* Dinesh Bhagat, 31, worked for seven years at his father’s stationery shop in Ranchi, using his spare time to apply for scholarships in universities abroad.
* Hercules Singh Munda, son of an Assistant Conservator of Forest, grew up listening to stories of how his father sold goats to be able to get an education. Inspired by his father, after his BTech, he worked as a researcher at IIIT Hyderabad.
* Anjana Pratima Dungdung, 21, a political science graduate, counts her father, a Block Welfare Officer who worked as a construction labourer in his early years, as her inspiration.
What binds them — together with Ajitesh Murmu, Akansha Mery and Priya Murmu — are their stories of struggle, along with a fierce determination to make the most of an opportunity that has opened up for them in the form of a Jharkhand government scholarship scheme.
All six, aged between 21 and 31, have been selected as the first batch of Marang Gomke Jaipal Singh Munda Scholars, a government initiative for tribal students to pursue higher studies in universities in England and Ireland.
Launched on December 29 last year, the scheme provides full financial support to 10 tribal students from Jharkhand to do a two-year Master’s or a one-year MPhil course in 15 select universities in the United Kingdom and Ireland. The scholarship is named after Marang Gomke Jaipal Singh Munda, one of Jharkhand’s most famous names — a tribal boy who tended to cattle, but went on to become an Imperial Civil Service officer and later, captain of the Indian hockey team that won gold in the 1928 Amsterdam Olympic Games.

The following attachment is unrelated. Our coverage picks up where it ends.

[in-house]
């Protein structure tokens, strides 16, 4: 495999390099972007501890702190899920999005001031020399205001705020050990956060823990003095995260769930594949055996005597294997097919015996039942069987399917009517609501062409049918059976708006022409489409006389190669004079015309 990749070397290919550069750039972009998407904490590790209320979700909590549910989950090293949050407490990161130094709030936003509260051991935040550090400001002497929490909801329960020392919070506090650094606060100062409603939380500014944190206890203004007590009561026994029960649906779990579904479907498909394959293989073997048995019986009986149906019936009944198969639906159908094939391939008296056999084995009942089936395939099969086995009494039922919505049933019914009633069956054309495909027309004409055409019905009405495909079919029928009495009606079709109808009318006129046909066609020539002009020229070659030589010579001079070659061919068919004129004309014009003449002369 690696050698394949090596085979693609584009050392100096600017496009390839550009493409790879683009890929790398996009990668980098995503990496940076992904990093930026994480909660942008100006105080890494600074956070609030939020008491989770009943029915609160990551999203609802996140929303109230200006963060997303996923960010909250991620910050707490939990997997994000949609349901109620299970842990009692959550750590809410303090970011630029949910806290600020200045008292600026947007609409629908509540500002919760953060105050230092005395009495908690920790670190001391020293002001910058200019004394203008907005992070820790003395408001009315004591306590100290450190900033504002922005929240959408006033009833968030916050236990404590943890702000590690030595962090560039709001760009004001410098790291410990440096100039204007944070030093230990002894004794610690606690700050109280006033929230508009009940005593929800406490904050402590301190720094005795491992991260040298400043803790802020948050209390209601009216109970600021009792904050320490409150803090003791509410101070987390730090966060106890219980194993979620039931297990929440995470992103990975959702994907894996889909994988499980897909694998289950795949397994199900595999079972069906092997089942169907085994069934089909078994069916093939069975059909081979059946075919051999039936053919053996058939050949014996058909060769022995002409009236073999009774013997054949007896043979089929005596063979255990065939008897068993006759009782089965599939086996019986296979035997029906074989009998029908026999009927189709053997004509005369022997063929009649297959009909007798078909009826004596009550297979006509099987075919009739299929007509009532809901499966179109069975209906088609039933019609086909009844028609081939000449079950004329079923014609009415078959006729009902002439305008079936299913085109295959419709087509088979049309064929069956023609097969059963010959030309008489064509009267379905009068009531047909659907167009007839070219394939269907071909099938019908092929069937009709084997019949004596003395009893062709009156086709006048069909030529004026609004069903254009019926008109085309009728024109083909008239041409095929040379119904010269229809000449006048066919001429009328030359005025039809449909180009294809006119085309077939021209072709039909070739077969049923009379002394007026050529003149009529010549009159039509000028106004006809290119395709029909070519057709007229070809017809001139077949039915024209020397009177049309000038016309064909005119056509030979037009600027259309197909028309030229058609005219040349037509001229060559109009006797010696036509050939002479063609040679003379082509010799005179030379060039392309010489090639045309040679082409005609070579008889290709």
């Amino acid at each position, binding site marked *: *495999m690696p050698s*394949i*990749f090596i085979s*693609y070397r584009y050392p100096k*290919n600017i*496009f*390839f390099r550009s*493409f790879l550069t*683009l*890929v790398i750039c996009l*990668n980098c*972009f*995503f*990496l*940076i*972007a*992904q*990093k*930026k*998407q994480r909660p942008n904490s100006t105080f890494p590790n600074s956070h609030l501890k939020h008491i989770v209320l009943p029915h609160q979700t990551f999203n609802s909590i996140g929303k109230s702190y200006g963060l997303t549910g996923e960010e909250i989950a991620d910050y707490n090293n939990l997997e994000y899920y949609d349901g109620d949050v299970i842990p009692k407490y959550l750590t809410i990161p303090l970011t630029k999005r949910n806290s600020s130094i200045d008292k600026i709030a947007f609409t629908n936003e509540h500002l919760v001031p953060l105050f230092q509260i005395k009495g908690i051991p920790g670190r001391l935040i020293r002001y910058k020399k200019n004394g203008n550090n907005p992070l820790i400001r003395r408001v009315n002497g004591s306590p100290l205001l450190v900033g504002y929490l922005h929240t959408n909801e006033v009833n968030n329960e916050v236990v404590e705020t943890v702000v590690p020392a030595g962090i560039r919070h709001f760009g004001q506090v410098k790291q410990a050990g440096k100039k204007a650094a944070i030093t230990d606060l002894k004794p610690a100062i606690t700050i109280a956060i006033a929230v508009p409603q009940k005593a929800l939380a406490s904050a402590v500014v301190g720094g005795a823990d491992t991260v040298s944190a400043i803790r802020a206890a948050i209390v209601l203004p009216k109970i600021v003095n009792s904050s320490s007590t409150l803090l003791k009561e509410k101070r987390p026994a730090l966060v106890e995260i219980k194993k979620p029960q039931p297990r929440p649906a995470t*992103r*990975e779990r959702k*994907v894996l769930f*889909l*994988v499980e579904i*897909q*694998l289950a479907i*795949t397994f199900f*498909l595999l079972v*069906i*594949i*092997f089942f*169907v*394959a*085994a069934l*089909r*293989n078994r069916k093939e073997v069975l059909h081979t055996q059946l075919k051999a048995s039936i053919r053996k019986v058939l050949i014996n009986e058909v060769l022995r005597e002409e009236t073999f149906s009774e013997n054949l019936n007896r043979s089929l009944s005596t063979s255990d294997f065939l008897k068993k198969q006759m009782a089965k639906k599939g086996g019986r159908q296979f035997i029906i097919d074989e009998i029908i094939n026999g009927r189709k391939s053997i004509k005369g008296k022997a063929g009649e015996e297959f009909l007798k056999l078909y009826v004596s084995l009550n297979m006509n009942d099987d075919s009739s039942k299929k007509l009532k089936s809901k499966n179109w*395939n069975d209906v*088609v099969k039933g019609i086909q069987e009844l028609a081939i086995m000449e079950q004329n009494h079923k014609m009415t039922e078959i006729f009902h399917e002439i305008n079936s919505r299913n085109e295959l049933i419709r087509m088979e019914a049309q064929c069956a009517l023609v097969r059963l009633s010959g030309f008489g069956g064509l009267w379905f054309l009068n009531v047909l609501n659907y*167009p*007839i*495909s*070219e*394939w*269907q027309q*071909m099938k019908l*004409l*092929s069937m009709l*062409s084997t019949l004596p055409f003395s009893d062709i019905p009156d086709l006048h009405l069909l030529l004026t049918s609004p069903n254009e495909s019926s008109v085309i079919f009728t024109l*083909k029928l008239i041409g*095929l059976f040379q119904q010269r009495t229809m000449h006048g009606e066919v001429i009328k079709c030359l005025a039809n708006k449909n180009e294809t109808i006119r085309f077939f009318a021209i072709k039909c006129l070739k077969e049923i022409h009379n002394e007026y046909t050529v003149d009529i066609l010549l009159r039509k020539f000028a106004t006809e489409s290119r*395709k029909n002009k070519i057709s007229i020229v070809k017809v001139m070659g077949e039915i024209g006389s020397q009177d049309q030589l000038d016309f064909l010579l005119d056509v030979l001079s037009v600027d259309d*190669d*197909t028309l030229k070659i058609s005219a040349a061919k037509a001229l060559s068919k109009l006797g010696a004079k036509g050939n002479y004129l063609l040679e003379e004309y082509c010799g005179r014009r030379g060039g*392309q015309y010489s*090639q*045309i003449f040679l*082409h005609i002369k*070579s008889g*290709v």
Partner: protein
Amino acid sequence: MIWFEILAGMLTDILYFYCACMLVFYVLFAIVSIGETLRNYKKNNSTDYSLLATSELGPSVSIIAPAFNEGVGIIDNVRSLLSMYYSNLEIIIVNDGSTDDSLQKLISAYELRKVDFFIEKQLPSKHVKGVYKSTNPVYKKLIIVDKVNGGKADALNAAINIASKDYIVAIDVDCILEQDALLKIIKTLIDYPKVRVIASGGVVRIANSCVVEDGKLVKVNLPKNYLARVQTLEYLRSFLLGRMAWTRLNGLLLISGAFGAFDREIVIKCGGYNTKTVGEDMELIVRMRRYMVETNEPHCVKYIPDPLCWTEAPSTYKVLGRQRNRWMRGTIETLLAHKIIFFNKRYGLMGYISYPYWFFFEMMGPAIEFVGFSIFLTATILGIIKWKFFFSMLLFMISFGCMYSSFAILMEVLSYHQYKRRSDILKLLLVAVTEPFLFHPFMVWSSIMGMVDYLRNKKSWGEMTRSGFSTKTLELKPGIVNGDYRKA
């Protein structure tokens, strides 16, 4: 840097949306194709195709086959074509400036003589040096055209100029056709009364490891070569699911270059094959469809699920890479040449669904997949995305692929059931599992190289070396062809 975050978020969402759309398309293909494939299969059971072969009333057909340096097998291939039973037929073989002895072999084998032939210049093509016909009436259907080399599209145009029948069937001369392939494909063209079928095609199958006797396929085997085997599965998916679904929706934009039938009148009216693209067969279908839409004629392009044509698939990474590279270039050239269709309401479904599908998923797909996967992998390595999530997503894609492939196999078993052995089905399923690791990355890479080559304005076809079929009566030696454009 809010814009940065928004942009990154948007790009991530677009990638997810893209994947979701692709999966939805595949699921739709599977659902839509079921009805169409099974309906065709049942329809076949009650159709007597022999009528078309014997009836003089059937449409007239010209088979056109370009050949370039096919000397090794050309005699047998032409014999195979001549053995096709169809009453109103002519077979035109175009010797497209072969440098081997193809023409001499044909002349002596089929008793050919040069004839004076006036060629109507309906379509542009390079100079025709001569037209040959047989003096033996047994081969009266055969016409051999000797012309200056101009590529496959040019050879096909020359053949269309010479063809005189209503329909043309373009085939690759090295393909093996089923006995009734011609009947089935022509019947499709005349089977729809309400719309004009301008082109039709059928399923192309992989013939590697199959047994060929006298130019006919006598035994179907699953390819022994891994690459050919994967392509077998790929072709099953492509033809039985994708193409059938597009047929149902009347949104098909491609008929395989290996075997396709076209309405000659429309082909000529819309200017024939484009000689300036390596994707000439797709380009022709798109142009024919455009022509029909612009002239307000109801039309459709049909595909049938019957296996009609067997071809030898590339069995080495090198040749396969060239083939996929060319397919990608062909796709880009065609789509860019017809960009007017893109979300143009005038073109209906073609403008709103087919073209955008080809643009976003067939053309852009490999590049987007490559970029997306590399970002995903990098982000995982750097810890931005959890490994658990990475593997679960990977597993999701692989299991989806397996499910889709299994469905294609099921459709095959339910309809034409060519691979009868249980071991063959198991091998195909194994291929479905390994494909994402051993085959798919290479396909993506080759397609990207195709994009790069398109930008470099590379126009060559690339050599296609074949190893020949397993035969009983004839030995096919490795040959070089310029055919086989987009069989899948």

“On an average, Rs 30 lakh tuition fees will be incurred per student per year, along with around Rs 10 lakh in living expenses. We have a budget of Rs 10 crore for 10 students, but both the budget and the number of students are flexible,” said Tribal Welfare Commissioner Naman Priyesh Lakra.
On the selection process, he said, those who have scored 55% in their under-graduation and with family income below Rs 12 lakh were encouraged to apply. The applications were vetted by a panel of professors chosen by the government from universities across the state, after which the selected candidates were called for an interview. The six scholars were chosen from among 22 candidates, Lakra said.
“I struggled for my education, worked as a daily-wage labourer… Hum sapne mein bhi nahi soche the ki wo videsh mein padhegi (Not even in my dreams did I think that my daughter would study in a foreign country),” says Surendra Bhagat, who works as a Block Welfare Officer. His daughter Anjana Pratima Dungdung, who belongs to the Kharia tribe, will pursue a Master’s in International Relations from the University of Warwick. She says she aims to give a “voice to the voiceless” and plans to “definitely return to Jharkhand to give back to society”.
Dinesh Bhagat, who is set to do a Master’s in Climate Change from the University of Sussex, England, wants to “improve the lives of people living in mining areas” and find ways to reduce the harmful effects of mining in Jharkhand after he return home.
“In the past, I applied for the Commonwealth and Central government scholarships, but never got through. I got to know about this initiative and applied,” he says.
Hercules Singh Munda will pursue a Master’s in Linguistics from the University of London’s School of Oriental and African Studies; Ajitesh Murmu will study architecture at the University College of London; Akanksha Mery has been selected for an MSc in Climate Change Science and Management at Loughborough University; and Priya Murmu will study Creative Writing and the Writing Industries at Loughborough University.
On Thursday, speaking in Ranchi at the felicitation function for the six scholars, Chief Minister Hemant Soren said, “Tribals are considered weaker sections, but the time has come for us to stand on our feet…and dedicate ourselves to the state and society… Our scheme will help more and more tribal people in the days to come.”